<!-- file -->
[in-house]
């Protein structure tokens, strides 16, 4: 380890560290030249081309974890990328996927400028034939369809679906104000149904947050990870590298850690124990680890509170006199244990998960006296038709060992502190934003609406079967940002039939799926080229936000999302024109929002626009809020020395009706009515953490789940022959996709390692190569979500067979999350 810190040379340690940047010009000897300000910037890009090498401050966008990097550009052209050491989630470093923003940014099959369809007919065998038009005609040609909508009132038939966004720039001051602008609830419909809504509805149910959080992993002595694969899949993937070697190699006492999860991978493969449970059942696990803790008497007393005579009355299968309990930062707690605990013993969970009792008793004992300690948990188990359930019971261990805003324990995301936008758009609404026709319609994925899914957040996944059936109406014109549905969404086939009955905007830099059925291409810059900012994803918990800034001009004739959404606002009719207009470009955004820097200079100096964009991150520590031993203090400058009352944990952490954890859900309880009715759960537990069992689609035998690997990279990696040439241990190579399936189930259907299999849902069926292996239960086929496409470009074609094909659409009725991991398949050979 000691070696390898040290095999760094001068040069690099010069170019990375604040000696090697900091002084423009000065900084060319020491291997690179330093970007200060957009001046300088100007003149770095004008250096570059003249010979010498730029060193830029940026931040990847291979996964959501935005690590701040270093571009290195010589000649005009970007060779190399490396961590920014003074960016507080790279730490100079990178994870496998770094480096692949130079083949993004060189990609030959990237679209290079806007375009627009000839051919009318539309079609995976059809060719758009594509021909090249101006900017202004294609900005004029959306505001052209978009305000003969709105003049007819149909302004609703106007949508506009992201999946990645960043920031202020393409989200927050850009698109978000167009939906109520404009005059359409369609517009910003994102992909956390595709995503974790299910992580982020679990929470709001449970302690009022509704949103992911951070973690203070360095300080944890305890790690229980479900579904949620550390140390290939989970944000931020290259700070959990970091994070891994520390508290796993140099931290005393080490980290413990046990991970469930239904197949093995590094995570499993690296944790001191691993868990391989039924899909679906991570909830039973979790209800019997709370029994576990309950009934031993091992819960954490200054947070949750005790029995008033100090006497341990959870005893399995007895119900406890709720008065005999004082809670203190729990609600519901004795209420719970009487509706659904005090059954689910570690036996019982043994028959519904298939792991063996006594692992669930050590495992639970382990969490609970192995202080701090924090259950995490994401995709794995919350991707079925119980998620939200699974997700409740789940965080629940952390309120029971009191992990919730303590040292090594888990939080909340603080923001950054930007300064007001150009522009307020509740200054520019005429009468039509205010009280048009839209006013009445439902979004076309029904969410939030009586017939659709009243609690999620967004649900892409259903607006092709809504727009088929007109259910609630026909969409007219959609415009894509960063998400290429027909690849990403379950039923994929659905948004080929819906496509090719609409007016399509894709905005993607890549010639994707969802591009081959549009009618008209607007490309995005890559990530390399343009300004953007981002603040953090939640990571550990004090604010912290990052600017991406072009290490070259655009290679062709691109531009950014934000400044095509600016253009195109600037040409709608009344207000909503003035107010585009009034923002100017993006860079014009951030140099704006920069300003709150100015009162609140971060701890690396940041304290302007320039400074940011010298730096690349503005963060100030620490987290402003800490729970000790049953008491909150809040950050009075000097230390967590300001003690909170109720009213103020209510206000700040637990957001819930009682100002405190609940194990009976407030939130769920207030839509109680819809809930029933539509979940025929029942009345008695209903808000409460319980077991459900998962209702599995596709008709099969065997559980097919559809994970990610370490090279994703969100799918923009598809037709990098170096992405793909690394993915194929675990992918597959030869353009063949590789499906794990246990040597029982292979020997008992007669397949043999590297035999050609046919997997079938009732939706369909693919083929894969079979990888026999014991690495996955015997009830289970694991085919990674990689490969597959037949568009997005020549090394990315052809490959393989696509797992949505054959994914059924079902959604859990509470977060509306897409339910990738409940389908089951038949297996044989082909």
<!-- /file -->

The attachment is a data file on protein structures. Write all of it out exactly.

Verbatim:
[in-house]
């Protein structure tokens, strides 16, 4: 380890560290030249081309974890990328996927400028034939369809679906104000149904947050990870590298850690124990680890509170006199244990998960006296038709060992502190934003609406079967940002039939799926080229936000999302024109929002626009809020020395009706009515953490789940022959996709390692190569979500067979999350 810190040379340690940047010009000897300000910037890009090498401050966008990097550009052209050491989630470093923003940014099959369809007919065998038009005609040609909508009132038939966004720039001051602008609830419909809504509805149910959080992993002595694969899949993937070697190699006492999860991978493969449970059942696990803790008497007393005579009355299968309990930062707690605990013993969970009792008793004992300690948990188990359930019971261990805003324990995301936008758009609404026709319609994925899914957040996944059936109406014109549905969404086939009955905007830099059925291409810059900012994803918990800034001009004739959404606002009719207009470009955004820097200079100096964009991150520590031993203090400058009352944990952490954890859900309880009715759960537990069992689609035998690997990279990696040439241990190579399936189930259907299999849902069926292996239960086929496409470009074609094909659409009725991991398949050979 000691070696390898040290095999760094001068040069690099010069170019990375604040000696090697900091002084423009000065900084060319020491291997690179330093970007200060957009001046300088100007003149770095004008250096570059003249010979010498730029060193830029940026931040990847291979996964959501935005690590701040270093571009290195010589000649005009970007060779190399490396961590920014003074960016507080790279730490100079990178994870496998770094480096692949130079083949993004060189990609030959990237679209290079806007375009627009000839051919009318539309079609995976059809060719758009594509021909090249101006900017202004294609900005004029959306505001052209978009305000003969709105003049007819149909302004609703106007949508506009992201999946990645960043920031202020393409989200927050850009698109978000167009939906109520404009005059359409369609517009910003994102992909956390595709995503974790299910992580982020679990929470709001449970302690009022509704949103992911951070973690203070360095300080944890305890790690229980479900579904949620550390140390290939989970944000931020290259700070959990970091994070891994520390508290796993140099931290005393080490980290413990046990991970469930239904197949093995590094995570499993690296944790001191691993868990391989039924899909679906991570909830039973979790209800019997709370029994576990309950009934031993091992819960954490200054947070949750005790029995008033100090006497341990959870005893399995007895119900406890709720008065005999004082809670203190729990609600519901004795209420719970009487509706659904005090059954689910570690036996019982043994028959519904298939792991063996006594692992669930050590495992639970382990969490609970192995202080701090924090259950995490994401995709794995919350991707079925119980998620939200699974997700409740789940965080629940952390309120029971009191992990919730303590040292090594888990939080909340603080923001950054930007300064007001150009522009307020509740200054520019005429009468039509205010009280048009839209006013009445439902979004076309029904969410939030009586017939659709009243609690999620967004649900892409259903607006092709809504727009088929007109259910609630026909969409007219959609415009894509960063998400290429027909690849990403379950039923994929659905948004080929819906496509090719609409007016399509894709905005993607890549010639994707969802591009081959549009009618008209607007490309995005890559990530390399343009300004953007981002603040953090939640990571550990004090604010912290990052600017991406072009290490070259655009290679062709691109531009950014934000400044095509600016253009195109600037040409709608009344207000909503003035107010585009009034923002100017993006860079014009951030140099704006920069300003709150100015009162609140971060701890690396940041304290302007320039400074940011010298730096690349503005963060100030620490987290402003800490729970000790049953008491909150809040950050009075000097230390967590300001003690909170109720009213103020209510206000700040637990957001819930009682100002405190609940194990009976407030939130769920207030839509109680819809809930029933539509979940025929029942009345008695209903808000409460319980077991459900998962209702599995596709008709099969065997559980097919559809994970990610370490090279994703969100799918923009598809037709990098170096992405793909690394993915194929675990992918597959030869353009063949590789499906794990246990040597029982292979020997008992007669397949043999590297035999050609046919997997079938009732939706369909693919083929894969079979990888026999014991690495996955015997009830289970694991085919990674990689490969597959037949568009997005020549090394990315052809490959393989696509797992949505054959994914059924079902959604859990509470977060509306897409339910990738409940389908089951038949297996044989082909």